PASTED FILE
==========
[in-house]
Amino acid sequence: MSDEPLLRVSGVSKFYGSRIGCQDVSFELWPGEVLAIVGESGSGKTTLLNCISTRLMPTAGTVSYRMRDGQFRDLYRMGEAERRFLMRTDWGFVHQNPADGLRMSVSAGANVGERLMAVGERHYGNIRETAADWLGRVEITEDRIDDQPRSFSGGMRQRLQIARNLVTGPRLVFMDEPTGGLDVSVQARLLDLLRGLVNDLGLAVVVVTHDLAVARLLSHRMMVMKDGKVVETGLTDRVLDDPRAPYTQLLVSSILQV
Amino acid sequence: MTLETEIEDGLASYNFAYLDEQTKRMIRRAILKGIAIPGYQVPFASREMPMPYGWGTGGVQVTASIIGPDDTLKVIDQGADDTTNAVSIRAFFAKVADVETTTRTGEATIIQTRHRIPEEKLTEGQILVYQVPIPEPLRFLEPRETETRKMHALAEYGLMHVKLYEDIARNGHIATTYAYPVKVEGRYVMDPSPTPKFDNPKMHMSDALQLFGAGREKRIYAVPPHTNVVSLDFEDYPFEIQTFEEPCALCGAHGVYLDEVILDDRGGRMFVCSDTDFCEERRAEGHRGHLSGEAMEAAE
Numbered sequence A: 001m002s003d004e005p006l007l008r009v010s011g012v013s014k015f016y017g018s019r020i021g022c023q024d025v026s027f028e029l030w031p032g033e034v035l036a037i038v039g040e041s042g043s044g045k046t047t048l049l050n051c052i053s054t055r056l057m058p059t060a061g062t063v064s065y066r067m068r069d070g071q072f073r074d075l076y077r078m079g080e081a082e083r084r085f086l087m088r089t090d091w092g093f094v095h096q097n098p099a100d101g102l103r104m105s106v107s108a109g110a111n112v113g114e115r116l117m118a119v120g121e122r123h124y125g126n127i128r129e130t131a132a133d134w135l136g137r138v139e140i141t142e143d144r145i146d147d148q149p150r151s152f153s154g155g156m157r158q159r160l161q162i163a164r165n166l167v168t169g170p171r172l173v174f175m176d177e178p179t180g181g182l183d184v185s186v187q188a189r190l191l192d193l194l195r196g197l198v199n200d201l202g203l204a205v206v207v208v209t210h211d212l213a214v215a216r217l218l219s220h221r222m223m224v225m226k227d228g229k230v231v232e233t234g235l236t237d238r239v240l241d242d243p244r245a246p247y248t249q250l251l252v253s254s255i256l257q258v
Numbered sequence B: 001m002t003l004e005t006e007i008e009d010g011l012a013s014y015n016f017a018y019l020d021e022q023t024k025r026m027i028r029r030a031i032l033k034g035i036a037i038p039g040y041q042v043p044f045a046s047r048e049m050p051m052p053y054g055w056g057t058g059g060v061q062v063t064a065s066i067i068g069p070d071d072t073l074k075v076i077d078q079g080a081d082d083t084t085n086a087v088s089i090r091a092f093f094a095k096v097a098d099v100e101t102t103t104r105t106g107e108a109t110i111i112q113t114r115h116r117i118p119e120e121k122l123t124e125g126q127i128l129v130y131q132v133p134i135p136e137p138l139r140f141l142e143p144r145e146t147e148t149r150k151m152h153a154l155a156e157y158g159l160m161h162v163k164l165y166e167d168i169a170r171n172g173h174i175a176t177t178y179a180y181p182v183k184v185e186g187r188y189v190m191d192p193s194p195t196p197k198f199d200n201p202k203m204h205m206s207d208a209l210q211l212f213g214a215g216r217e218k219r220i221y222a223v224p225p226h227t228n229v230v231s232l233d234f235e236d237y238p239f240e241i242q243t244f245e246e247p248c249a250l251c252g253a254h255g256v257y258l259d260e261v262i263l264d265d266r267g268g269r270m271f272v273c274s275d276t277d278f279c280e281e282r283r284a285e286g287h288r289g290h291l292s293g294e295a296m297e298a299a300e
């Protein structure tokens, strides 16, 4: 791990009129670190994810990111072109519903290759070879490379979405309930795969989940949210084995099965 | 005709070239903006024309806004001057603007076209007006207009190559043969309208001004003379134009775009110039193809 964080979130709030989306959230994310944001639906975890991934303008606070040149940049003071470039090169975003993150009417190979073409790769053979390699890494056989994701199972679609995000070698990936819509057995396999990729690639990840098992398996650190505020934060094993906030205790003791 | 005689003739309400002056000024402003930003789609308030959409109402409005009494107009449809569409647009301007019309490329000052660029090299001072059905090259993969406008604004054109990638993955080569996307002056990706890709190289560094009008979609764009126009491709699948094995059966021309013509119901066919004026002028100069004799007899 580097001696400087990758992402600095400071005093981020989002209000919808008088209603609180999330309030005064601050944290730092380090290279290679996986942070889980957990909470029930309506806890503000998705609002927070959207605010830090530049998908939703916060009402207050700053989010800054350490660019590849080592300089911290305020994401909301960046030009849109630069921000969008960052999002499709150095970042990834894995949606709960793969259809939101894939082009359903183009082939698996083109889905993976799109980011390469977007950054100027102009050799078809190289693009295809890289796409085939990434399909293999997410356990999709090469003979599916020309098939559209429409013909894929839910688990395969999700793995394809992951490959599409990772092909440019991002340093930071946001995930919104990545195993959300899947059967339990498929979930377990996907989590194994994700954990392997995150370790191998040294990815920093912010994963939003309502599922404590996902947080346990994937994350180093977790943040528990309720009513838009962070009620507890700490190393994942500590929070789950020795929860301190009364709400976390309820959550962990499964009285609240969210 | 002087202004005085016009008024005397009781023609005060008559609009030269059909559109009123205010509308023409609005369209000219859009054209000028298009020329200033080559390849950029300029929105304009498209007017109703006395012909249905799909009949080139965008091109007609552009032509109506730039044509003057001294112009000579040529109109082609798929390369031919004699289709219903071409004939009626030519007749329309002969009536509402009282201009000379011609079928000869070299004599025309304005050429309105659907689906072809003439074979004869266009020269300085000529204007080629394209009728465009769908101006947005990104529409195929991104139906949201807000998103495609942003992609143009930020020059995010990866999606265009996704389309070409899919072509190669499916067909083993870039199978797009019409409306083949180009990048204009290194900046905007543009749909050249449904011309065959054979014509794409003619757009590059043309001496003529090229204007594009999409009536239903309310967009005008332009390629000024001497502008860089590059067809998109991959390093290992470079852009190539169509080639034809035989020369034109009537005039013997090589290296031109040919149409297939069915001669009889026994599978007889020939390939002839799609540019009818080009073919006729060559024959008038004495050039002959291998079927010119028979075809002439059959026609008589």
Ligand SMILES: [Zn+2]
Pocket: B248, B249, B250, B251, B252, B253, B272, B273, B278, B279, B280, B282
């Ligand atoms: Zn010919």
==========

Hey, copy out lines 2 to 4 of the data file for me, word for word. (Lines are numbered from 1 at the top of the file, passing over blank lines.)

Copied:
Amino acid sequence: MSDEPLLRVSGVSKFYGSRIGCQDVSFELWPGEVLAIVGESGSGKTTLLNCISTRLMPTAGTVSYRMRDGQFRDLYRMGEAERRFLMRTDWGFVHQNPADGLRMSVSAGANVGERLMAVGERHYGNIRETAADWLGRVEITEDRIDDQPRSFSGGMRQRLQIARNLVTGPRLVFMDEPTGGLDVSVQARLLDLLRGLVNDLGLAVVVVTHDLAVARLLSHRMMVMKDGKVVETGLTDRVLDDPRAPYTQLLVSSILQV
Amino acid sequence: MTLETEIEDGLASYNFAYLDEQTKRMIRRAILKGIAIPGYQVPFASREMPMPYGWGTGGVQVTASIIGPDDTLKVIDQGADDTTNAVSIRAFFAKVADVETTTRTGEATIIQTRHRIPEEKLTEGQILVYQVPIPEPLRFLEPRETETRKMHALAEYGLMHVKLYEDIARNGHIATTYAYPVKVEGRYVMDPSPTPKFDNPKMHMSDALQLFGAGREKRIYAVPPHTNVVSLDFEDYPFEIQTFEEPCALCGAHGVYLDEVILDDRGGRMFVCSDTDFCEERRAEGHRGHLSGEAMEAAE
Numbered sequence A: 001m002s003d004e005p006l007l008r009v010s011g012v013s014k015f016y017g018s019r020i021g022c023q024d025v026s027f028e029l030w031p032g033e034v035l036a037i038v039g040e041s042g043s044g045k046t047t048l049l050n051c052i053s054t055r056l057m058p059t060a061g062t063v064s065y066r067m068r069d070g071q072f073r074d075l076y077r078m079g080e081a082e083r084r085f086l087m088r089t090d091w092g093f094v095h096q097n098p099a100d101g102l103r104m105s106v107s108a109g110a111n112v113g114e115r116l117m118a119v120g121e122r123h124y125g126n127i128r129e130t131a132a133d134w135l136g137r138v139e140i141t142e143d144r145i146d147d148q149p150r151s152f153s154g155g156m157r158q159r160l161q162i163a164r165n166l167v168t169g170p171r172l173v174f175m176d177e178p179t180g181g182l183d184v185s186v187q188a189r190l191l192d193l194l195r196g197l198v199n200d201l202g203l204a205v206v207v208v209t210h211d212l213a214v215a216r217l218l219s220h221r222m223m224v225m226k227d228g229k230v231v232e233t234g235l236t237d238r239v240l241d242d243p244r245a246p247y248t249q250l251l252v253s254s255i256l257q258v